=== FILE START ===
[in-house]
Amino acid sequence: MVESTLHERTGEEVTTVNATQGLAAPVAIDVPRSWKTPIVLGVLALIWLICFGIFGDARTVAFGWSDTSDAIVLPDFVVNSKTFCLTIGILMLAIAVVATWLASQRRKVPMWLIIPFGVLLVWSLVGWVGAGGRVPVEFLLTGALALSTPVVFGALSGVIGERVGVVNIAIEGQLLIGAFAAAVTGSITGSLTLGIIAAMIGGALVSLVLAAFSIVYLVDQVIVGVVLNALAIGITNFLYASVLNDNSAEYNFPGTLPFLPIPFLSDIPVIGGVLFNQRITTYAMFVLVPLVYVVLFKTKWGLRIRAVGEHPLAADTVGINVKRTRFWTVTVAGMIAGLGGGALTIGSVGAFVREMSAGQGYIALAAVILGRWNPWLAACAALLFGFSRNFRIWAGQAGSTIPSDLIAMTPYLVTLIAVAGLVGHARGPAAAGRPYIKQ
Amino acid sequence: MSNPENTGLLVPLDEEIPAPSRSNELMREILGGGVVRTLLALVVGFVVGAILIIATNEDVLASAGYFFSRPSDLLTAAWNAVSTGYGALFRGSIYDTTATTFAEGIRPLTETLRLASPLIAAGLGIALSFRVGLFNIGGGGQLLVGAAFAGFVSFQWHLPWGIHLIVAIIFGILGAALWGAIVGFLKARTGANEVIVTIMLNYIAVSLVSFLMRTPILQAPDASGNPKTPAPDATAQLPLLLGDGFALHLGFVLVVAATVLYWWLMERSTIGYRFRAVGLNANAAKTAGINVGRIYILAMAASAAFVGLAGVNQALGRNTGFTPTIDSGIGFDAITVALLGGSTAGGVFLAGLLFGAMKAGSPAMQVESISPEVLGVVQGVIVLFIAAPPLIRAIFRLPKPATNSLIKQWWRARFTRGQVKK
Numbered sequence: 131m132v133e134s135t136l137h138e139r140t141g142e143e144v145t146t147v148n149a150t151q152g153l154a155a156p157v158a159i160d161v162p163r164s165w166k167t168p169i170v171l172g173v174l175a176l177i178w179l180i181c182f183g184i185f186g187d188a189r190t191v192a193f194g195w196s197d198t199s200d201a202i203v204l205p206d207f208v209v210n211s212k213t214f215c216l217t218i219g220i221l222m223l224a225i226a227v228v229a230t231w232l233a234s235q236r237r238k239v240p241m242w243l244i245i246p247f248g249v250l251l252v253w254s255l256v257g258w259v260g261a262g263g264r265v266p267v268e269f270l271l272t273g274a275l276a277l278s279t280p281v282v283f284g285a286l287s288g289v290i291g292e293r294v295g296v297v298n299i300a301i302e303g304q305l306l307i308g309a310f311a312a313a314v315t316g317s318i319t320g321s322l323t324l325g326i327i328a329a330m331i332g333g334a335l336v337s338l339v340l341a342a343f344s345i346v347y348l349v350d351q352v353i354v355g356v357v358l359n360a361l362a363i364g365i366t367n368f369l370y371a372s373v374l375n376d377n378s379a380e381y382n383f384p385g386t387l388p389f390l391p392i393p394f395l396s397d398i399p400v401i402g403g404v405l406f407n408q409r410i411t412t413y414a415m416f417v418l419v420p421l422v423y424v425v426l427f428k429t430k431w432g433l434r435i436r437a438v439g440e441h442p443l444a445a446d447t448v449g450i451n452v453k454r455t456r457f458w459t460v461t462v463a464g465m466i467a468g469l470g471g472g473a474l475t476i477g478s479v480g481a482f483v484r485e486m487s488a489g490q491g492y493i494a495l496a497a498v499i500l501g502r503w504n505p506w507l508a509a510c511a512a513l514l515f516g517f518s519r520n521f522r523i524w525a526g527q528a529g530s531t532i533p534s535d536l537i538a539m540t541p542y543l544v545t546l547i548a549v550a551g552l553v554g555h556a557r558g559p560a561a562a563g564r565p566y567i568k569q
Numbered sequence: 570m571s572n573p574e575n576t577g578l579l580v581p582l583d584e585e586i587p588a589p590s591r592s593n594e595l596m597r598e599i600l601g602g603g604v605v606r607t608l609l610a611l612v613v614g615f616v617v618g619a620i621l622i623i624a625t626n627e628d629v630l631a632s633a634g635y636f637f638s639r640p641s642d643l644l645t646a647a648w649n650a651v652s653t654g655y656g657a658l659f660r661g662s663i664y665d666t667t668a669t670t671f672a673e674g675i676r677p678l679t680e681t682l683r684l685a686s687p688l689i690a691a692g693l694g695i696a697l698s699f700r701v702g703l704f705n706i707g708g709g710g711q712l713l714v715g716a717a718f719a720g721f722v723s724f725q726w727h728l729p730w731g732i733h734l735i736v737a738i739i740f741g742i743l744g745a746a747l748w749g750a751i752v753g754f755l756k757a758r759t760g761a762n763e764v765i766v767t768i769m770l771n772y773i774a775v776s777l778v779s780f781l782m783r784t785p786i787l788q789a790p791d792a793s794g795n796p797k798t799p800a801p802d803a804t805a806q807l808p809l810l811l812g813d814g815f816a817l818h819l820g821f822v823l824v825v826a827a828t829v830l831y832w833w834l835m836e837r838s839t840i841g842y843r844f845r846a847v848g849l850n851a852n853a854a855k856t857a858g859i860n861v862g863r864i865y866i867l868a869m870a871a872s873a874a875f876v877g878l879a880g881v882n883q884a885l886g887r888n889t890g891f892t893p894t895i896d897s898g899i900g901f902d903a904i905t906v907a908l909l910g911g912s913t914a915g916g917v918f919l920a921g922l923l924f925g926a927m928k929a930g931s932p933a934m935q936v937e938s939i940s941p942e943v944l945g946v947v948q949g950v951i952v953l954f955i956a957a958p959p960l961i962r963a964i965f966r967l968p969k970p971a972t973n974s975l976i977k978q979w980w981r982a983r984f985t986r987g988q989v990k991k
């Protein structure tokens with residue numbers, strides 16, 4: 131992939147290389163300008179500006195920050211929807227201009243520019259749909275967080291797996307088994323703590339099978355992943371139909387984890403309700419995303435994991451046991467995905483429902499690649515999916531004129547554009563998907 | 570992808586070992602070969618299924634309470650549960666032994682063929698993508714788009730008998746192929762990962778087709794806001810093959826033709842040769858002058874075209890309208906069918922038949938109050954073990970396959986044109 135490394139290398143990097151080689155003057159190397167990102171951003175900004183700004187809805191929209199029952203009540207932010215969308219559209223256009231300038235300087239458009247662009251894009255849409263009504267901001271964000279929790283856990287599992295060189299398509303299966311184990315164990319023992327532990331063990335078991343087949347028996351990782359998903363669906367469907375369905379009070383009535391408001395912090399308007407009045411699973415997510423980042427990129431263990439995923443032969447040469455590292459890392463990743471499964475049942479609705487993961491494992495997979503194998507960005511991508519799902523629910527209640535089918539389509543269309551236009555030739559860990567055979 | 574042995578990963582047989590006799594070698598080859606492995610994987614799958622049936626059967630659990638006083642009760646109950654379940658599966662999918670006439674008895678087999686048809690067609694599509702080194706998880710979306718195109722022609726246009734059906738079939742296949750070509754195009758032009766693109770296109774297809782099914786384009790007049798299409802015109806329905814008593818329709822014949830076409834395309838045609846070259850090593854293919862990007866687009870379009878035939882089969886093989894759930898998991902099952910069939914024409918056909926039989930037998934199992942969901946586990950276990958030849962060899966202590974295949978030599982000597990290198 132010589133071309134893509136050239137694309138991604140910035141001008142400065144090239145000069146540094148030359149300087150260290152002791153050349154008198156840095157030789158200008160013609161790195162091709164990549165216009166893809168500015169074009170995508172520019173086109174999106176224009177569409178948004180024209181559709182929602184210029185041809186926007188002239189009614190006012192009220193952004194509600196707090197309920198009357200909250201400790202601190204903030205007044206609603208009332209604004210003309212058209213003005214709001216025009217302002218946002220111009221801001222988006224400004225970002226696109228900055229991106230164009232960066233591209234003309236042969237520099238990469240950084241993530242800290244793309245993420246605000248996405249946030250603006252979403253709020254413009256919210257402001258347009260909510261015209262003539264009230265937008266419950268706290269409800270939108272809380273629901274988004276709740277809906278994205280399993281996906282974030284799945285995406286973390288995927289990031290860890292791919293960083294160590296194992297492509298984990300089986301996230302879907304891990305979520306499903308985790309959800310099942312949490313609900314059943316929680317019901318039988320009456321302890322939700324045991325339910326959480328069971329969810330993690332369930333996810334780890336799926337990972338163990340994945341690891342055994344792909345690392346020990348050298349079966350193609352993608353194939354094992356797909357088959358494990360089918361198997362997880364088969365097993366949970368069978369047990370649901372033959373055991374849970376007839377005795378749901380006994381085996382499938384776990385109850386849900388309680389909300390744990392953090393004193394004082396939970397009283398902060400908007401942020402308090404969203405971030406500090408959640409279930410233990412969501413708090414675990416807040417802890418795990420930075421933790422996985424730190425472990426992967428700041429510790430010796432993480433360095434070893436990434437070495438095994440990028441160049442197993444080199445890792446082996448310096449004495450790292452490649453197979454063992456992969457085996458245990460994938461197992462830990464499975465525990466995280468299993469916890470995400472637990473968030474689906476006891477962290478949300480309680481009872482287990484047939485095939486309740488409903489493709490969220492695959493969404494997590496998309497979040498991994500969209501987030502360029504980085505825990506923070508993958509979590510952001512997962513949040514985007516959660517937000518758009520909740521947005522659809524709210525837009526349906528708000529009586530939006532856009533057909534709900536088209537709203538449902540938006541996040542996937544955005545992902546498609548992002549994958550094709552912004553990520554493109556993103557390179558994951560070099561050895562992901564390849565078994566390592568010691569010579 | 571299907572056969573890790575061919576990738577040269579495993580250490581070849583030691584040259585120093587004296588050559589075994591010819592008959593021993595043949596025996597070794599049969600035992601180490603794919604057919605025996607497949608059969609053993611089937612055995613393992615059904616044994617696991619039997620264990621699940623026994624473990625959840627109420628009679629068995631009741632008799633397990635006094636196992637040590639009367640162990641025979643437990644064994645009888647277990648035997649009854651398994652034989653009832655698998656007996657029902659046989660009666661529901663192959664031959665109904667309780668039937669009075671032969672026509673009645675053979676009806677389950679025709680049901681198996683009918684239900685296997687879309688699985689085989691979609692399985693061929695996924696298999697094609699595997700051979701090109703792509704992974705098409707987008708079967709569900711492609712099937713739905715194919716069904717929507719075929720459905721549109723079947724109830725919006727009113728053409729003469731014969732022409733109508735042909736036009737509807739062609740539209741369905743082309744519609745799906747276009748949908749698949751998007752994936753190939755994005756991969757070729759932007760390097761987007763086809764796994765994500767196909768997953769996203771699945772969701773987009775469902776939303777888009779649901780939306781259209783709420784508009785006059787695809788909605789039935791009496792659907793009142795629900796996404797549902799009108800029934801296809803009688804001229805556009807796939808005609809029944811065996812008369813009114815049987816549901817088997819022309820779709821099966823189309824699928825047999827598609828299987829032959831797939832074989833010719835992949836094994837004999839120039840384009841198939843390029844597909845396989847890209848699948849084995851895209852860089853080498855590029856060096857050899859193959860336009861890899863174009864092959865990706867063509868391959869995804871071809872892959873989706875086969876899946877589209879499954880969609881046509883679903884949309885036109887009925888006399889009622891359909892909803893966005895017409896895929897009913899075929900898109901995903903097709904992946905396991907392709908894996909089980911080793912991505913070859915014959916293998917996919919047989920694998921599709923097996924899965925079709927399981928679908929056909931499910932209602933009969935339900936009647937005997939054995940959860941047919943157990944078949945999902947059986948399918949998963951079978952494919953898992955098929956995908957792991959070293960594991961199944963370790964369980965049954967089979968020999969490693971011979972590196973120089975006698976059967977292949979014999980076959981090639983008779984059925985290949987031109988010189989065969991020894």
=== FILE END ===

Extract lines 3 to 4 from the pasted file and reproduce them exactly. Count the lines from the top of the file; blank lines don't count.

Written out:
Amino acid sequence: MSNPENTGLLVPLDEEIPAPSRSNELMREILGGGVVRTLLALVVGFVVGAILIIATNEDVLASAGYFFSRPSDLLTAAWNAVSTGYGALFRGSIYDTTATTFAEGIRPLTETLRLASPLIAAGLGIALSFRVGLFNIGGGGQLLVGAAFAGFVSFQWHLPWGIHLIVAIIFGILGAALWGAIVGFLKARTGANEVIVTIMLNYIAVSLVSFLMRTPILQAPDASGNPKTPAPDATAQLPLLLGDGFALHLGFVLVVAATVLYWWLMERSTIGYRFRAVGLNANAAKTAGINVGRIYILAMAASAAFVGLAGVNQALGRNTGFTPTIDSGIGFDAITVALLGGSTAGGVFLAGLLFGAMKAGSPAMQVESISPEVLGVVQGVIVLFIAAPPLIRAIFRLPKPATNSLIKQWWRARFTRGQVKK
Numbered sequence: 131m132v133e134s135t136l137h138e139r140t141g142e143e144v145t146t147v148n149a150t151q152g153l154a155a156p157v158a159i160d161v162p163r164s165w166k167t168p169i170v171l172g173v174l175a176l177i178w179l180i181c182f183g184i185f186g187d188a189r190t191v192a193f194g195w196s197d198t199s200d201a202i203v204l205p206d207f208v209v210n211s212k213t214f215c216l217t218i219g220i221l222m223l224a225i226a227v228v229a230t231w232l233a234s235q236r237r238k239v240p241m242w243l244i245i246p247f248g249v250l251l252v253w254s255l256v257g258w259v260g261a262g263g264r265v266p267v268e269f270l271l272t273g274a275l276a277l278s279t280p281v282v283f284g285a286l287s288g289v290i291g292e293r294v295g296v297v298n299i300a301i302e303g304q305l306l307i308g309a310f311a312a313a314v315t316g317s318i319t320g321s322l323t324l325g326i327i328a329a330m331i332g333g334a335l336v337s338l339v340l341a342a343f344s345i346v347y348l349v350d351q352v353i354v355g356v357v358l359n360a361l362a363i364g365i366t367n368f369l370y371a372s373v374l375n376d377n378s379a380e381y382n383f384p385g386t387l388p389f390l391p392i393p394f395l396s397d398i399p400v401i402g403g404v405l406f407n408q409r410i411t412t413y414a415m416f417v418l419v420p421l422v423y424v425v426l427f428k429t430k431w432g433l434r435i436r437a438v439g440e441h442p443l444a445a446d447t448v449g450i451n452v453k454r455t456r457f458w459t460v461t462v463a464g465m466i467a468g469l470g471g472g473a474l475t476i477g478s479v480g481a482f483v484r485e486m487s488a489g490q491g492y493i494a495l496a497a498v499i500l501g502r503w504n505p506w507l508a509a510c511a512a513l514l515f516g517f518s519r520n521f522r523i524w525a526g527q528a529g530s531t532i533p534s535d536l537i538a539m540t541p542y543l544v545t546l547i548a549v550a551g552l553v554g555h556a557r558g559p560a561a562a563g564r565p566y567i568k569q